The California dilemma
For anyone who hasn’t been paying attention, the drought situation in California continues to worsen, and the state is beginning to step in with more drastic measures to address the crisis. The latest step in this direction occurred this week, when the WMA approved a 15% across the board cut in water supplies. Here’s a snippet of the coverage on that vote and its implications for California this year.
“Cities and water districts serving 19 million people in Southern California face smaller water deliveries this summer under a plan approved by the region’s water wholesaler in response to ongoing dry conditions.
The Metropolitan Water District, which sells imported water to more than two dozen local agencies, voted Tuesday to slash regional deliveries by 15 percent as California grapples with a fourth year of drought.
The cutbacks, which take effect in July, were expected to spur communities to step up their conservation efforts to avoid paying for high-priced water beyond the allotted amount.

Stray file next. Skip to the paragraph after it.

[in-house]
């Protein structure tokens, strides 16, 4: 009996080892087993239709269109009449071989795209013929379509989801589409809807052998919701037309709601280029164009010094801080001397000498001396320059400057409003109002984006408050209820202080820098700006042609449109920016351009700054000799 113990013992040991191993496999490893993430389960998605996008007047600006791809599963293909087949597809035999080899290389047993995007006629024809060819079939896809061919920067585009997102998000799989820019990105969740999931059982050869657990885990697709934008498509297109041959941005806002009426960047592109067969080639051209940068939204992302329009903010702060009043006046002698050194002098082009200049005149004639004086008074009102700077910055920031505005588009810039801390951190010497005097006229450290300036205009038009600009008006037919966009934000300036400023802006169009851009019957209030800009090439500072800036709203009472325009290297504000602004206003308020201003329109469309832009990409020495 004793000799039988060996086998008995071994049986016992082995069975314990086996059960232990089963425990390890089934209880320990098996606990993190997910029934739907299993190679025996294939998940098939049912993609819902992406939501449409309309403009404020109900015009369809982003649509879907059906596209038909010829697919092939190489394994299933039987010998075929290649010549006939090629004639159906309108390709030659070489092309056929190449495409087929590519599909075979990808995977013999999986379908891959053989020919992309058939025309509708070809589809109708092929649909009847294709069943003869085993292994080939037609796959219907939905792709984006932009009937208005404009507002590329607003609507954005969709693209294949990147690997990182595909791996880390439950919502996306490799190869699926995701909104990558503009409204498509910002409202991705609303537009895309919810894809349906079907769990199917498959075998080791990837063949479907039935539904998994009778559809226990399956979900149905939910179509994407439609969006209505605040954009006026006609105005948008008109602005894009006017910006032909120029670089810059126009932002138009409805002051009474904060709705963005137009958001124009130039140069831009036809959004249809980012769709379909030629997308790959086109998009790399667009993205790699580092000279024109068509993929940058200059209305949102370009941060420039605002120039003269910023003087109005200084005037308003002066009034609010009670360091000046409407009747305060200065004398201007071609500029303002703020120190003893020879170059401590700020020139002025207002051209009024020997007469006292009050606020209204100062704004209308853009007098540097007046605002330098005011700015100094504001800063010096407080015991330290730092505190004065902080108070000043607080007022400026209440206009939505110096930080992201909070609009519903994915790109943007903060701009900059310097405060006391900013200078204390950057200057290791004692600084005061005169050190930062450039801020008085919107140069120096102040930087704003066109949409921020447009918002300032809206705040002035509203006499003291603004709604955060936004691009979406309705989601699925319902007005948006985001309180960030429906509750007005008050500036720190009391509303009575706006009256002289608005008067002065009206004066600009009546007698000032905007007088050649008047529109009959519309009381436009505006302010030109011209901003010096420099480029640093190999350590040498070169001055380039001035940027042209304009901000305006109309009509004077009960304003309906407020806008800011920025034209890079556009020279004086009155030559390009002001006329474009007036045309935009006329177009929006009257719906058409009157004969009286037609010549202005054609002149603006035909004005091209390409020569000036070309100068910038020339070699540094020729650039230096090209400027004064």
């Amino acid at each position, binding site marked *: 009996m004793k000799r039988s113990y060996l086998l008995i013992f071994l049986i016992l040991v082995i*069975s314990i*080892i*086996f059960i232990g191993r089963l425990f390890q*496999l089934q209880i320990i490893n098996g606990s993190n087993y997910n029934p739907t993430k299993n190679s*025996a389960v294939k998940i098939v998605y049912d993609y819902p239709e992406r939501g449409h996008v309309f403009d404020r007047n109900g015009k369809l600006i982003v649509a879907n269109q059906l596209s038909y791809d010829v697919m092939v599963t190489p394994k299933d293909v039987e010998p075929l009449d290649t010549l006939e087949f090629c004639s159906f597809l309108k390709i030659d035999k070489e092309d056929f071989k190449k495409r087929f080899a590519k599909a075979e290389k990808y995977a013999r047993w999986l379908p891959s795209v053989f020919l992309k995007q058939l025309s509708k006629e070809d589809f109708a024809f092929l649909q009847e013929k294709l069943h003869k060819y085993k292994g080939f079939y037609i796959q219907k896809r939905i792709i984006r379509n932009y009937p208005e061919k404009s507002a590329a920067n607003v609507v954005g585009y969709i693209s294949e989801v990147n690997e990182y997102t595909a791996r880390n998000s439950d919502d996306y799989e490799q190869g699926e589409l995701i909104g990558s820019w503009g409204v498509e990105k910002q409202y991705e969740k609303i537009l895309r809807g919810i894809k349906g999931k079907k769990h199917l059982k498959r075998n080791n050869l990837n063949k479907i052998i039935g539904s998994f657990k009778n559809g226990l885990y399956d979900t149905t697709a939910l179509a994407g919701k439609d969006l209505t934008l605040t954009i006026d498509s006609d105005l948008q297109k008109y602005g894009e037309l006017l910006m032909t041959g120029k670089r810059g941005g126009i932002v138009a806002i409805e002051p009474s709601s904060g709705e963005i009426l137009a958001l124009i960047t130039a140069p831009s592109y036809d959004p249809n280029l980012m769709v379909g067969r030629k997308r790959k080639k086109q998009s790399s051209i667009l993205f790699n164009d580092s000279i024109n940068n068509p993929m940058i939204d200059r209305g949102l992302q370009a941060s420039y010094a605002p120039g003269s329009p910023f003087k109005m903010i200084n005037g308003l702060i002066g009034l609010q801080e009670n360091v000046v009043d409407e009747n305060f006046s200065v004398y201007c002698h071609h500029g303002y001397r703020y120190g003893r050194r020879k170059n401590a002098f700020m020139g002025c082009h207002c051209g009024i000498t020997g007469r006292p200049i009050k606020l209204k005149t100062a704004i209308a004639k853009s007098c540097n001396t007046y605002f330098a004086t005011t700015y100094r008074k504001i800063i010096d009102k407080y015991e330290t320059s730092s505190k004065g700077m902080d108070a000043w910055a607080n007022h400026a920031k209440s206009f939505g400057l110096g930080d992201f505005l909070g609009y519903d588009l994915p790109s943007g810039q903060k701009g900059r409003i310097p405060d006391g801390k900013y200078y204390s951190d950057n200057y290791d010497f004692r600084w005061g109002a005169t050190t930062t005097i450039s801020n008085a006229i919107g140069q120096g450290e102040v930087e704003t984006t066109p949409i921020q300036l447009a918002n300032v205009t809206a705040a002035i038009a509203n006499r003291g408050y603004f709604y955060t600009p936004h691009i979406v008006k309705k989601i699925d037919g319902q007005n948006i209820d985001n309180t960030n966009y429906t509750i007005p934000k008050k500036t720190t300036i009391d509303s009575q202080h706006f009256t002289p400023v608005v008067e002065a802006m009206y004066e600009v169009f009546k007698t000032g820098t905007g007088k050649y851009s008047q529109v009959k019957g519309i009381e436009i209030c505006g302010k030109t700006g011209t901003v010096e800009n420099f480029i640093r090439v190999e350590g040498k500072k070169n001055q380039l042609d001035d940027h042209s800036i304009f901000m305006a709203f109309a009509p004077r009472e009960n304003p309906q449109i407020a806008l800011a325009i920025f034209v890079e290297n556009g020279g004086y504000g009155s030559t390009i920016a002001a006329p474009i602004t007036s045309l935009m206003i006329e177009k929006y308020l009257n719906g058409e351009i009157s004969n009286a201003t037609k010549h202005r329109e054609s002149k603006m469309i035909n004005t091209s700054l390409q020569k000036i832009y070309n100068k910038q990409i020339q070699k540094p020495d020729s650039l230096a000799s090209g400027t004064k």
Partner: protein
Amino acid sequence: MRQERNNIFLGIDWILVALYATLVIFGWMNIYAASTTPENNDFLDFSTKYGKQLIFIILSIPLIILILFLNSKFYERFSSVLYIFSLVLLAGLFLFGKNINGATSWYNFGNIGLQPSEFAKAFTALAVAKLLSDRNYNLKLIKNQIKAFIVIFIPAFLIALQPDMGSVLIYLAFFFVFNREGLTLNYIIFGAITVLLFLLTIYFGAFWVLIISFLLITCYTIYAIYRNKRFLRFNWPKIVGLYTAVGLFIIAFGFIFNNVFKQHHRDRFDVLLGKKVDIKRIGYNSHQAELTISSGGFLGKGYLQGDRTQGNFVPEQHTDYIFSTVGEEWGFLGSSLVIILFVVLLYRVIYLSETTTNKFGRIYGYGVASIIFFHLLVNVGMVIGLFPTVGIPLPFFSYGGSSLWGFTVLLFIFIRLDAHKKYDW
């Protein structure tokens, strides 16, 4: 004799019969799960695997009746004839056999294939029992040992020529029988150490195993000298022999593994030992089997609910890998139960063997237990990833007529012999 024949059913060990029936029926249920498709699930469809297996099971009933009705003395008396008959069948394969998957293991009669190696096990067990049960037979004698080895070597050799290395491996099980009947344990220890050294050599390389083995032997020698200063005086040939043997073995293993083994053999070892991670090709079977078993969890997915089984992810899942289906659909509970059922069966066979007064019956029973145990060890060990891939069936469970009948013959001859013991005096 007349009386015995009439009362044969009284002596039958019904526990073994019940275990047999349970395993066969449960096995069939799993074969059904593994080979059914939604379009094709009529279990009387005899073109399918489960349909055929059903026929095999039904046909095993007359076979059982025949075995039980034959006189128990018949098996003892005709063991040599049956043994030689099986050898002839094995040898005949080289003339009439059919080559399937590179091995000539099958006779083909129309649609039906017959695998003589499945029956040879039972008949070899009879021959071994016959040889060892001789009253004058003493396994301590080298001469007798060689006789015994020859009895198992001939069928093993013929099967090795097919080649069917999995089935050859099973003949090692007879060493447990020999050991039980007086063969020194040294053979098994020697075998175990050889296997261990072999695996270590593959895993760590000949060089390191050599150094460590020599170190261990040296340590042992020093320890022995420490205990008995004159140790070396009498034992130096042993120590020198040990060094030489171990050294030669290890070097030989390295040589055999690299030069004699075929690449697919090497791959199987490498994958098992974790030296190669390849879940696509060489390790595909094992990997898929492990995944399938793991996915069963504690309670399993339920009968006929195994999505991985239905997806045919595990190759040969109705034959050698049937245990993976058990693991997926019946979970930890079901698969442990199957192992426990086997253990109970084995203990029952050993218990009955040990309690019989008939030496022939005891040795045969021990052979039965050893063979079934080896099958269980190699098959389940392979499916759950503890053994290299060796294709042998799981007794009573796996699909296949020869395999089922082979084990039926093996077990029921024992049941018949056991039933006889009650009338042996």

The effect of the cuts would vary between local water districts depending on their supplies and how much water they have saved so far.
Metropolitan officials have said limiting water deliveries was necessary to stretch dwindling storage supplies as summer approaches and could help cities meet Gov. Jerry Brown’s order to reduce urban water use by 25 percent compared with 2013 levels — a first in state history.”
Read more on the California water story here.
But this is just the tip of the iceberg, according to some NASA scientists, who have warned of a coming “mega drought” that will make what is happening in California seem like a dream. For more details, check out this short video below, and this story over at The Daily Kos.
But at the same time, it is useful to put this issue in the wider perspective of what we have, versus what we want, since much of the drought discourse is premised on what we want for a rapidly expanding industrial economy, rather than what we actually need to survive as a species. This piece on the economics of the water crisis helps give some important context to the issue.
Whatever the case, it is clear that this is an issue that is not going away, and will only continue to grow worse in the coming years. I guess the upside to all of this is that the ground for the climate denial community to stand on is rapidly drying up and melting away, which is an ironic plus.